I've been VERY busy these past few weeks and haven't had the time when I get home from work to do the quality blogging I expect (or pretend to).
Mostly my energy is consumed with my daily duties and a Mondo-Big technology deployment project I am leading right now.
So I have just been building a pile of links that caught my attention, and biding the time to post them.
Here you go.
In Firefox 3.0 News
I've enjoyed seeing the growth in development builds for the next Firefox release version 3.0 (a.k.a. Gran Paradiso).
The daily updated versions are known as "Minefield" and can be obtained from the Nightly Build link. But this is kinda dangerous and experimenters might want to stick with the Firefox 3 Alpha 7 version if you really want to play with it. (download link)
Anyway, the Minefield nightly versions are sporting some new features of note:
- Color management support added to Firefox 3 - via Mozilla Links
- Advanced bookmarking, tagging enters Firefox 3 - via Mozilla Links
- Firefox 3 gets smooth tab scrolling - via Mozilla Links
- First look to Firefox 3’s new download manager - via Mozilla Links
And the Firefox Extension Guru has a great tip on how to clean up your Firefox auto-spellcheck dictionary if you add a wrong word by mistake: Tip: Removing Added Words From Fx Dictionary.
I would be using Minefield almost exclusively now, except that my favorite RSS feed reader SAGE isn't compatible with it. I suspect it has something to do with Places and the bookmarking structure.
Windows Desktop Icon Management
At work I use a laptop connected via a dock-station to a 2nd monitor. With this arrangement I can run a dual-monitor setup that would only be better if I could convince my boss to spring for a third flatscreen that supports DVI input I might be set.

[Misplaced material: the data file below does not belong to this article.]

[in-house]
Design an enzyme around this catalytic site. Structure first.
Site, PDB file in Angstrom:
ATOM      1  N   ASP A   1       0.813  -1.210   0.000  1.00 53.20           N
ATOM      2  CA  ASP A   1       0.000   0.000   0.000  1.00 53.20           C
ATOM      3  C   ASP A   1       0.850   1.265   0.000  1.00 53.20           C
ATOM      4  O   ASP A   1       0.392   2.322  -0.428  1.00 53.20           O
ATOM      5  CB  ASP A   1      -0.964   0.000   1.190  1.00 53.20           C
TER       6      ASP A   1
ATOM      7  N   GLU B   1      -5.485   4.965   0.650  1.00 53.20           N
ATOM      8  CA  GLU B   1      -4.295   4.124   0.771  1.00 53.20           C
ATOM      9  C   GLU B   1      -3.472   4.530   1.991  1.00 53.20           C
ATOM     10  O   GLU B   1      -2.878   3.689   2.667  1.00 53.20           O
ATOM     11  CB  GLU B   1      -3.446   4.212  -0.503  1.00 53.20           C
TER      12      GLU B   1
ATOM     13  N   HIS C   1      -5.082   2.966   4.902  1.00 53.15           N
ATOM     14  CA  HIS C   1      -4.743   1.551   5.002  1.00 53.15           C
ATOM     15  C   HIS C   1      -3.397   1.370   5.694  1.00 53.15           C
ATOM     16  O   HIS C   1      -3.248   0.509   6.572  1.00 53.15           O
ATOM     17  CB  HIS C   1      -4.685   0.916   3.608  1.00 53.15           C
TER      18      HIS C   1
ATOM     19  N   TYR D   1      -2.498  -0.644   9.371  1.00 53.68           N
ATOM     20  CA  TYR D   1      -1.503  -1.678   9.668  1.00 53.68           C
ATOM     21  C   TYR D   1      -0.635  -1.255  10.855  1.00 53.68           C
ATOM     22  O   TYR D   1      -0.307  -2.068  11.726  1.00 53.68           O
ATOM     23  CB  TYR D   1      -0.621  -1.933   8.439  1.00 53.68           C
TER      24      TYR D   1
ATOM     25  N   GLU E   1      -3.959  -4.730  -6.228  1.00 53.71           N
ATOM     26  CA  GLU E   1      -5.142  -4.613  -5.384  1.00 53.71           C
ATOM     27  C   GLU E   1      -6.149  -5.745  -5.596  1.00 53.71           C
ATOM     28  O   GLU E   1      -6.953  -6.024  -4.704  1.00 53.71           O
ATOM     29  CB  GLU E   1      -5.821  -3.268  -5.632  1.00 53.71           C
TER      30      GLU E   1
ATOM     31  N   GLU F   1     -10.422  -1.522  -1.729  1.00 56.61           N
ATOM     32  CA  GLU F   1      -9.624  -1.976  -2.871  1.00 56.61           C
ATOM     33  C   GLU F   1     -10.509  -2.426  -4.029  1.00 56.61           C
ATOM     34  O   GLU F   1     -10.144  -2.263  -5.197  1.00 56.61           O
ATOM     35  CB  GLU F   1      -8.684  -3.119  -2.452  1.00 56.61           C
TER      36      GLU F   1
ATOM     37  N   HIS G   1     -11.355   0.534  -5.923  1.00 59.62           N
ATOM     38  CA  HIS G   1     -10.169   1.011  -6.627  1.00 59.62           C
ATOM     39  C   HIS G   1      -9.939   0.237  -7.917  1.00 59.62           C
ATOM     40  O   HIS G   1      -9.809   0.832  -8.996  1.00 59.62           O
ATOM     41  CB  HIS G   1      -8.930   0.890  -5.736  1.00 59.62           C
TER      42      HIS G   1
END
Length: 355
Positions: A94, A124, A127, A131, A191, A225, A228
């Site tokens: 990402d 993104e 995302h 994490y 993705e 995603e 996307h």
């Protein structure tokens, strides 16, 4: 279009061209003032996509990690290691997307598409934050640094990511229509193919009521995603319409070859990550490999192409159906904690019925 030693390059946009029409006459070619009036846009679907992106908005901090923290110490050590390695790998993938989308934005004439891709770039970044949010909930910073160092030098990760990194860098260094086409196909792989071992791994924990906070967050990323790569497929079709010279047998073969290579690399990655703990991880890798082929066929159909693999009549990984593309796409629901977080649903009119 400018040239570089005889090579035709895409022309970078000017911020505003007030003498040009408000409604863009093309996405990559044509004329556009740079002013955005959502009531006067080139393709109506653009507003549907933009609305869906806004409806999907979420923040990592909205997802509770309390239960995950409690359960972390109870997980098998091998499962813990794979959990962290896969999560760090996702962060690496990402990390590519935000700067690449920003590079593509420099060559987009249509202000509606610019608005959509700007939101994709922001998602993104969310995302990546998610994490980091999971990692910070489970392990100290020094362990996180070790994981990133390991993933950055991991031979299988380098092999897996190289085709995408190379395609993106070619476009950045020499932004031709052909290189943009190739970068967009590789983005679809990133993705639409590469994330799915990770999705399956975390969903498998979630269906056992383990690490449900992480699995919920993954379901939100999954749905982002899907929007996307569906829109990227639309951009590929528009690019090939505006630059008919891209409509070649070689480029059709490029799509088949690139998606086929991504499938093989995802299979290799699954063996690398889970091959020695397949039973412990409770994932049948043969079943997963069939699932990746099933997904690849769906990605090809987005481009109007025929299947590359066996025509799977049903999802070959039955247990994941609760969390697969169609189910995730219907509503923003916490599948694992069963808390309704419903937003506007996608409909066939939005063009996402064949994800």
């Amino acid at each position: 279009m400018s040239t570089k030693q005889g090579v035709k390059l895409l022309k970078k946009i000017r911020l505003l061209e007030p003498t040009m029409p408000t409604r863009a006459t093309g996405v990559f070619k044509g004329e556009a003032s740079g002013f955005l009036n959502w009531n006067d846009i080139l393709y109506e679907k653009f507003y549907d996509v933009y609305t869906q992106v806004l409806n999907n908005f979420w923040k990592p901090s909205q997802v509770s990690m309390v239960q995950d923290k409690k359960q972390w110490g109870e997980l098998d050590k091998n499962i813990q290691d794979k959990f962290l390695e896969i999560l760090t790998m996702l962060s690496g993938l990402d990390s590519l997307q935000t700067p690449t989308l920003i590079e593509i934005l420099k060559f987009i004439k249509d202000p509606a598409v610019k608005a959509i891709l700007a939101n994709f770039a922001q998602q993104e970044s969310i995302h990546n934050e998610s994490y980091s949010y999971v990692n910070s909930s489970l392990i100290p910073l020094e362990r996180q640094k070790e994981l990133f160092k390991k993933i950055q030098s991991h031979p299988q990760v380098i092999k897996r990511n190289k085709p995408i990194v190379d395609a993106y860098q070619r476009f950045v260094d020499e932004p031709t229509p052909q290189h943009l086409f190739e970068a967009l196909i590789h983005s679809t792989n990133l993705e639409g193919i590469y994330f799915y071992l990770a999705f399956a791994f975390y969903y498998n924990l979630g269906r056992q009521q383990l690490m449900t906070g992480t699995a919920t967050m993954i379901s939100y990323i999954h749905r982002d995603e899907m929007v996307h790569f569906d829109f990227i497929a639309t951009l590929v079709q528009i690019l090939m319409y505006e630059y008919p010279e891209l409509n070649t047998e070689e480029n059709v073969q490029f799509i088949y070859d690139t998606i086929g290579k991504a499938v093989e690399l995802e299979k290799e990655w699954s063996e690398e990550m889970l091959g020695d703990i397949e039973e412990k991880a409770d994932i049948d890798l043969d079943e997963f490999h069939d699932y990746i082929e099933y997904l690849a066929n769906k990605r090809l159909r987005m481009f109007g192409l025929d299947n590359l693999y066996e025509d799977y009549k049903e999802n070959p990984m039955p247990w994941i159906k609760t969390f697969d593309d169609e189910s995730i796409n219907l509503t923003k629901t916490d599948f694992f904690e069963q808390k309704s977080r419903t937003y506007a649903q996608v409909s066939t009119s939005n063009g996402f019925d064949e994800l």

Anyway...my problem is then when I am away from the dock and in the field, even though I log in with my same Windows user profile, the lack of the dock brings my desktop icons up scattered all over the place and I have to rearrange them all.
So it was with excitement that I found this timely posts this past week:
Ryan recommended using a registry hack method that allows you to have the ability to add "save desktop icon layout" and "restore desktop icon layout" items into your right-click context menu. Might be helpful for laptop/dock users.
Get the files here: Save and Restore Desktop Icon Layout in Windows Vista :: the How-To Geek
Ryan also recommended profile/desktop manager software called Shock Desktop (freeware) - XP/2000/Vista. It allows you to create several profiles for icon deployment under different screen resolution configurations. It can also bring desktop icons to the forefront over maximized windows for quick access via a key-combo toggle.
Cleaning up the Breadcrumbs in Vista
One feature that Vista offers is "breadcrumbs." This is a expanded file navigation interface that Microsoft hopes users will find easier to use to browser folder structures.
It is pretty cool.
I liked it so much I first added it to my XP systems with the freeware utility minimalist's Explorer Breadcrumbs.
Then I found a slightly more refined version called QT Address Bar and am now using it instead.
However, if you are using Vista and don't like that feature, Andreas Verhoeven created a free tool to remove Breadcrumbs from Vista: Disable Explorer Breadcrumbs in Windows Vista explained and hosted over on the How-To Geek website.
How Not to Build a PC
The riotous website DataDocktori'n illustrates how (not) to perform various desktop services including:
I'm thinking of including these techniques in a PowerPoint presentation at my next BJT session.